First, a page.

In addition to these fighting forces, Rombaire also volunteered his merchant fleet's ships and crews, to transport troops and cargo as needed. The river elves were noted sailors and the advantage of being able to move certain items by water would add an element of speed, as well as safety, to such deliveries. This would be a valuable asset indeed and each of these groups left the meeting satisfied that they, as well as the other groups, were doing everything they could to support the kingdom.

With this first conclave now behind him, Beraut prepared for the second of his planning sessions, which would be held the following morning. At this gathering, he would confer with the leaders of the northern city-states. As it turned out, the wizard was required to use a great deal of statesmanship, just to keep peace between the various factions and prevent the meeting from disintegrating prematurely. Being as independent as they were, there was a great deal of infighting and bickering amongst the various representatives, even before the wizard sought to get things started.

Once those petty hostilities were under control, Eryk, the Thane of Akikta was the first to make his offer. "My people will donate our ships for transport and what food and other goods we can spare, along with two regiments of troops, if my northern neighbors will make a pledge of equal worth."

"Who are you to be telling us what we should do?" Myladen, Thane of Nardin, shot back. "Due to your trading abilities, you have far greater resources than the rest of us and we would be hard pressed to match your offer."

"Aye, and Mitiku hath less than either of thee," Aylwin, the Mitikuan thane announced.

"You both have sufficient resources to match our offer and I won't produce my pledge unless I'm convinced you will do the same," Eryk countered. This caused the three thanes to eye each other suspiciously, until Beraut broke the stand off.

"Let's start slowly," the wizard began, in an attempt to soothe the ruffled feathers. "Would each of you be able to offer at least two regiments of soldiers?"

After some discussion with their military leaders, who were seated beside them, each of the thanes finally agreed to provide that number of troops.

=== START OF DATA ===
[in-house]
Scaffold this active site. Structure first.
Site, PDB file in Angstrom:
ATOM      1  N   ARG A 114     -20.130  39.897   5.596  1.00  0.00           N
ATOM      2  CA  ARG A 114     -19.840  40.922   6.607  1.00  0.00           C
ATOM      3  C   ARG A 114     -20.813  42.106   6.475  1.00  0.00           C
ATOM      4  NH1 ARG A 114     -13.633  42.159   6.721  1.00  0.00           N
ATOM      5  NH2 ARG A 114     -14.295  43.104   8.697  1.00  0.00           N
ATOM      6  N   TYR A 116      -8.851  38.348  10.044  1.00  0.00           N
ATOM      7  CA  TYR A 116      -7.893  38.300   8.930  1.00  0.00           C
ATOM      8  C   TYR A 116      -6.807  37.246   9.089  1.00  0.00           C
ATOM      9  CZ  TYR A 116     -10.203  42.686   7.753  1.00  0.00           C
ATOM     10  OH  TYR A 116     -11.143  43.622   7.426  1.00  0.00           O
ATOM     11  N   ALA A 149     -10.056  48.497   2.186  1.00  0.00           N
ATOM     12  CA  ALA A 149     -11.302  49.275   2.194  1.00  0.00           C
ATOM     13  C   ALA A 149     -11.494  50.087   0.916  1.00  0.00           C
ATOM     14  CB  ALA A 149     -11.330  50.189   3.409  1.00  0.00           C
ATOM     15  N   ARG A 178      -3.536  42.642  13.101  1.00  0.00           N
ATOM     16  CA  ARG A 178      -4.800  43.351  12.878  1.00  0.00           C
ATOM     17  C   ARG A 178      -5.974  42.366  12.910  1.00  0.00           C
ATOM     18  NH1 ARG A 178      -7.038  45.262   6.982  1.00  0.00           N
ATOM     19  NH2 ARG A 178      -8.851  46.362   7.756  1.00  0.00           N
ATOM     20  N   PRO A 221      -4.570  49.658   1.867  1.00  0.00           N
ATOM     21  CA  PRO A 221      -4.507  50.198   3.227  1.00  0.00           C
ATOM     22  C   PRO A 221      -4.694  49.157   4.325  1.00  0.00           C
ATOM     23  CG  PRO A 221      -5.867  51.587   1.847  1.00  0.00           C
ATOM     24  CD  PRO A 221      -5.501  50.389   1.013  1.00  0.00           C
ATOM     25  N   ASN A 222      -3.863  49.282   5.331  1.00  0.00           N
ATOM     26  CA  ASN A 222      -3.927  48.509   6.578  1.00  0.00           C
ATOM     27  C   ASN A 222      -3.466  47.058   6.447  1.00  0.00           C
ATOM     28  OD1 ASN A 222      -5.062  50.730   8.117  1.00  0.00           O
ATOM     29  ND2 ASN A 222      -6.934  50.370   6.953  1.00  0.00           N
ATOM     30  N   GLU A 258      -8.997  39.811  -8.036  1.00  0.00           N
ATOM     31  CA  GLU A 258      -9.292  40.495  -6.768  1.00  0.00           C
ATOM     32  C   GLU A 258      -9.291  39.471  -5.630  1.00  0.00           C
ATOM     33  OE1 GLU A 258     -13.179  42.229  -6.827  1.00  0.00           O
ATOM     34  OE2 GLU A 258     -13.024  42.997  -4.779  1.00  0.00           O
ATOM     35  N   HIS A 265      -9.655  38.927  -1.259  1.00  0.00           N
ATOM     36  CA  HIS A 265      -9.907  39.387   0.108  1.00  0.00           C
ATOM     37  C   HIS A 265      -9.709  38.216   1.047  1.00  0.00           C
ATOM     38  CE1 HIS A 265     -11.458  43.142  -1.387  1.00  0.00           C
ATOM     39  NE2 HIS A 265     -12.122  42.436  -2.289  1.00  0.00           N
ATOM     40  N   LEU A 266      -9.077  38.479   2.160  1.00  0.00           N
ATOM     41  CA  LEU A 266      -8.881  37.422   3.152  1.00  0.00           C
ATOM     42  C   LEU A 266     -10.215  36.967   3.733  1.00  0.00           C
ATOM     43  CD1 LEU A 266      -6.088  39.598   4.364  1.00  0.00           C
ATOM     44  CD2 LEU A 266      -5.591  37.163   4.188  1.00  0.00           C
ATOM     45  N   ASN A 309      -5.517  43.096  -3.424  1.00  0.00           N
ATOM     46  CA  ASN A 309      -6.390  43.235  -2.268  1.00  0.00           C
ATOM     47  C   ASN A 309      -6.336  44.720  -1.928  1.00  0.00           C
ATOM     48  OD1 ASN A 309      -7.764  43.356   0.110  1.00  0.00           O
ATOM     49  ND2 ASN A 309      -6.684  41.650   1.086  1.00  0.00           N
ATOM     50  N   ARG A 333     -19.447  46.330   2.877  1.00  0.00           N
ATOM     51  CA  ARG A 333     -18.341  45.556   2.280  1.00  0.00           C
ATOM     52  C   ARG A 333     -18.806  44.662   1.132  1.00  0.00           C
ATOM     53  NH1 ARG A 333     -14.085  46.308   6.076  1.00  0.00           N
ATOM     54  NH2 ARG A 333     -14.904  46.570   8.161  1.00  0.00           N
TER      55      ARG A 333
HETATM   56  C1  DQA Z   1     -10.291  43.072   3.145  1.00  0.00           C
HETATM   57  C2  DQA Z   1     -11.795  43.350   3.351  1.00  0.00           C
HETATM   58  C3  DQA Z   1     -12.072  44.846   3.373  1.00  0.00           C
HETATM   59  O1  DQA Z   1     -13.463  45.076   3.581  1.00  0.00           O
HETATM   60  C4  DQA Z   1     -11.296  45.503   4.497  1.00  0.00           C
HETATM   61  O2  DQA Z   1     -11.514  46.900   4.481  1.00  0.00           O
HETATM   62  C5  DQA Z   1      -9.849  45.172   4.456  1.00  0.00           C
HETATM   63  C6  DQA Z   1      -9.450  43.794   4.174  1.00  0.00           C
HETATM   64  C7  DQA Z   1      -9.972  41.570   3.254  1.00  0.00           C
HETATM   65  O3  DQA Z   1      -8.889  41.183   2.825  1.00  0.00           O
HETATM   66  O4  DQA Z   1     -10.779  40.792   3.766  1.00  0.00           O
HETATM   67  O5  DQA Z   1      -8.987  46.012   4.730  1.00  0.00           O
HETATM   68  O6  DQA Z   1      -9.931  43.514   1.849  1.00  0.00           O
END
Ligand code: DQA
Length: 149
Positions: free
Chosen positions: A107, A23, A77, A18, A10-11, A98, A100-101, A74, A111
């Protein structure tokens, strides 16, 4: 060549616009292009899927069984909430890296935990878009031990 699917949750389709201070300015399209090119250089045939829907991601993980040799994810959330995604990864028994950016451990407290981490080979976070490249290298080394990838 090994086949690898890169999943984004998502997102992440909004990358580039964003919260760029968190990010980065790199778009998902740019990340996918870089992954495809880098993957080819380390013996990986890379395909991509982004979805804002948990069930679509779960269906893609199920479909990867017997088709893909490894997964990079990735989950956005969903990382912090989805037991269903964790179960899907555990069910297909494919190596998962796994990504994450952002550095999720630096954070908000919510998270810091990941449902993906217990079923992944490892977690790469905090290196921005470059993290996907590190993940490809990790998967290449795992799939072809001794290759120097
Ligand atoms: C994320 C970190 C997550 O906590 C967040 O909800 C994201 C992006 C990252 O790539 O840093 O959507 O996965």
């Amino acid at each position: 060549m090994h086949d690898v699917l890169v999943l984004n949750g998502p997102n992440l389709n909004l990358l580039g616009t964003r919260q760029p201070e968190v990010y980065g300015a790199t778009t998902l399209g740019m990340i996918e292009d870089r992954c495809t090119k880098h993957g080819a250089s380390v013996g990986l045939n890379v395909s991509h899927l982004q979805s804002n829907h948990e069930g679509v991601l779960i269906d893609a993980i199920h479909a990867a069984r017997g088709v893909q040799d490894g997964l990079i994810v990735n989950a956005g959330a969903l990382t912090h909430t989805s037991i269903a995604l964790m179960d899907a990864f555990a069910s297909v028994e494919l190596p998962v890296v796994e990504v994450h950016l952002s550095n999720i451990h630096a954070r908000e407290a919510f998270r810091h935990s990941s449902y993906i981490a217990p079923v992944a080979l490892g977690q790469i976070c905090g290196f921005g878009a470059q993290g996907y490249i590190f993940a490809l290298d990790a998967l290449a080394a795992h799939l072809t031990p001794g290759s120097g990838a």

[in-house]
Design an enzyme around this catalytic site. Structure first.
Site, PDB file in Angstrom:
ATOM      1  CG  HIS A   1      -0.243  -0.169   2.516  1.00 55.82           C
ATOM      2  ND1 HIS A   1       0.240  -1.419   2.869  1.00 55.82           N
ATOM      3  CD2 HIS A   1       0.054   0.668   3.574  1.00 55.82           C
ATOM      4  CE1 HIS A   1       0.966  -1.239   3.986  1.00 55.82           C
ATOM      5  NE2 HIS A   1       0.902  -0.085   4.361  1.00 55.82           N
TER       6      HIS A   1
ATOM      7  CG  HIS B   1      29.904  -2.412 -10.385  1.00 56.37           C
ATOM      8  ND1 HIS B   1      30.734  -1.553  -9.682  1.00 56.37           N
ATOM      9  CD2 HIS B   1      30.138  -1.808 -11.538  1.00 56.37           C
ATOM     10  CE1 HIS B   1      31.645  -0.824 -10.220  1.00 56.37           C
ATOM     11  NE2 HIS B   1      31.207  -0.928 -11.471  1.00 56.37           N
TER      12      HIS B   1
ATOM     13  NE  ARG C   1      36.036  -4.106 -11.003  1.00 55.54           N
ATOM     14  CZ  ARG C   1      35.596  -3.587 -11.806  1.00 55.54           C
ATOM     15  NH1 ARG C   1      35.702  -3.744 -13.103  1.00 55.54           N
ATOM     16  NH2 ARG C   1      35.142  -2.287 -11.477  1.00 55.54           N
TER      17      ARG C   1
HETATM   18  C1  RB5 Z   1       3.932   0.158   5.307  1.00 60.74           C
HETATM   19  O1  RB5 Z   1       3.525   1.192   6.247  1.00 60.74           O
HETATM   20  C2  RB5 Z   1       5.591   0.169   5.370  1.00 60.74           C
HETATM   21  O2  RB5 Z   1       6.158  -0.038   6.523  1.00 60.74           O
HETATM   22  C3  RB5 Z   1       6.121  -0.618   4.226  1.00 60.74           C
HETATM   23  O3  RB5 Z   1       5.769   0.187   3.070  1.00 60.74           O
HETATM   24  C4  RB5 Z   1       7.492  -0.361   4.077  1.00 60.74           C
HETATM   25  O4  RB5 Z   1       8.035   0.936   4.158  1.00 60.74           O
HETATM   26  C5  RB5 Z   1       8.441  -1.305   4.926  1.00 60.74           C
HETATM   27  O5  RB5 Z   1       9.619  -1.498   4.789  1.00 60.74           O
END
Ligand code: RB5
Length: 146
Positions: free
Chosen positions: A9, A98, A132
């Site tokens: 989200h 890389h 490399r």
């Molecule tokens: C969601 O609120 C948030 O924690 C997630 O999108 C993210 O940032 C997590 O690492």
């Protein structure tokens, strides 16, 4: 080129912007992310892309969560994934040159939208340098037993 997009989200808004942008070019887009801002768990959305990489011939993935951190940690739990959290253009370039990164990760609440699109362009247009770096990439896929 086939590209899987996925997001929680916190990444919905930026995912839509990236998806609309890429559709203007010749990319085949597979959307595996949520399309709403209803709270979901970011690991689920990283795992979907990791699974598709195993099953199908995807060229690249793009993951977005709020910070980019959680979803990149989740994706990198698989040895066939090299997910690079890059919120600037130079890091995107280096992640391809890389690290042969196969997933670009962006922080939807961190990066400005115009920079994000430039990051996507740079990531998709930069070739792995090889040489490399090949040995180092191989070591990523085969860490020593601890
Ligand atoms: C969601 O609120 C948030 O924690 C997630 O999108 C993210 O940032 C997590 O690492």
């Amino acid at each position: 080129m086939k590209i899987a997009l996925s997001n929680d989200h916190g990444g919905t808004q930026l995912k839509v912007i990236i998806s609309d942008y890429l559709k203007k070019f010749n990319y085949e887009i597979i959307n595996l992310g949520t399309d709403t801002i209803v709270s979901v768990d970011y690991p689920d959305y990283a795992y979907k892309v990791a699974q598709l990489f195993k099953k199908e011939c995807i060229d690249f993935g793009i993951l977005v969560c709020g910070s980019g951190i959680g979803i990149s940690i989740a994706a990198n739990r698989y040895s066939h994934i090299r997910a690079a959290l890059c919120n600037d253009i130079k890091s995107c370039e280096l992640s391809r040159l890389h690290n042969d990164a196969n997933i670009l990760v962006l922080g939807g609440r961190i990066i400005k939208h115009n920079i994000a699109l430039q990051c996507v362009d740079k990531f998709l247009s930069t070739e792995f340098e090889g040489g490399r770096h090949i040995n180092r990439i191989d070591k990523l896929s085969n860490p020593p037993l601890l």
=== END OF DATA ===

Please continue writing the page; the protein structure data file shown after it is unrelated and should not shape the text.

"Fine!" Beraut acknowledged, inwardly pleased with this small concession. "Now, Myladen, would you be willing to donate some of the metal made from the ore you mine in the Dragon's Head Mountains? We could then allow the other races to use it to produce weapons."

Once again, the Nardinian agreed, although not with a great deal of enthusiasm.

"And you, Aylwin," Beraut pressed. "Would your community be willing to donate food and possibly the use of some of your artisans, such as your armorers and blacksmiths?"

The other thanes eyed the Mitikuan with great distrust, as they waited for him to reply.

"Aye, that couldst be arranged," he concurred, "although I doubt it wouldst do thee much good. Our armorers are only familiar with the weapons and protective devices used by our troops. They whilst be of little use in dealing with weaponry or armor used by the other cities or races."

"Although I don't doubt they might have some difficulty dealing with the dwarfish or elfin items," Beraut agreed, "I think they would be able to manage with the devices worn by the other northern city-states and the rest of Tarolia."

"Untrue," Aylwin challenged, visibly flustered by the wizard's aggressiveness. "Our weapons are unique and each of us doth wear different forms of protection."

"Agreed, but they are similar enough that your tradesmen should be able to adjust," Beraut assured him. "Therefore, will you pledge their services?"

The wizard now stared at the Mitikuan leader, while awaiting his response. The other two thanes were intently doing the same.

"If that be what thou wishes," Aylwin conceded, gaining a nod of approval from his counterparts.

"Excellent!" Beraut acknowledged. "Next, will both of you," he added, while looking at both the Nardinian and Mitikuan leaders, "agree to supply wagons and the personnel needed to deliver these and other items. If you agree, this will offset the Akiktites seafaring duties?"

The two leaders eyed each other suspiciously, before glaring at their Akiktite counterpart. After a few uneasy moments, they turned back to answer the wizard.

"That wouldst be agreeable," Aylwin responded, followed by the Nardinian's reply.

"And we would find it acceptable as well," Myladen pensively acknowledged.

Beraut was pleased to see these leaders beginning to let go of some of their petty suspicions and quickly ironed out the details of their offers. The Nardinians promised a full regiment each of foot and horse soldiers, while the Mitikuans volunteered two regiments of men-at-arms and the Akiktites offered two mixed regiments of ground and mounted troops.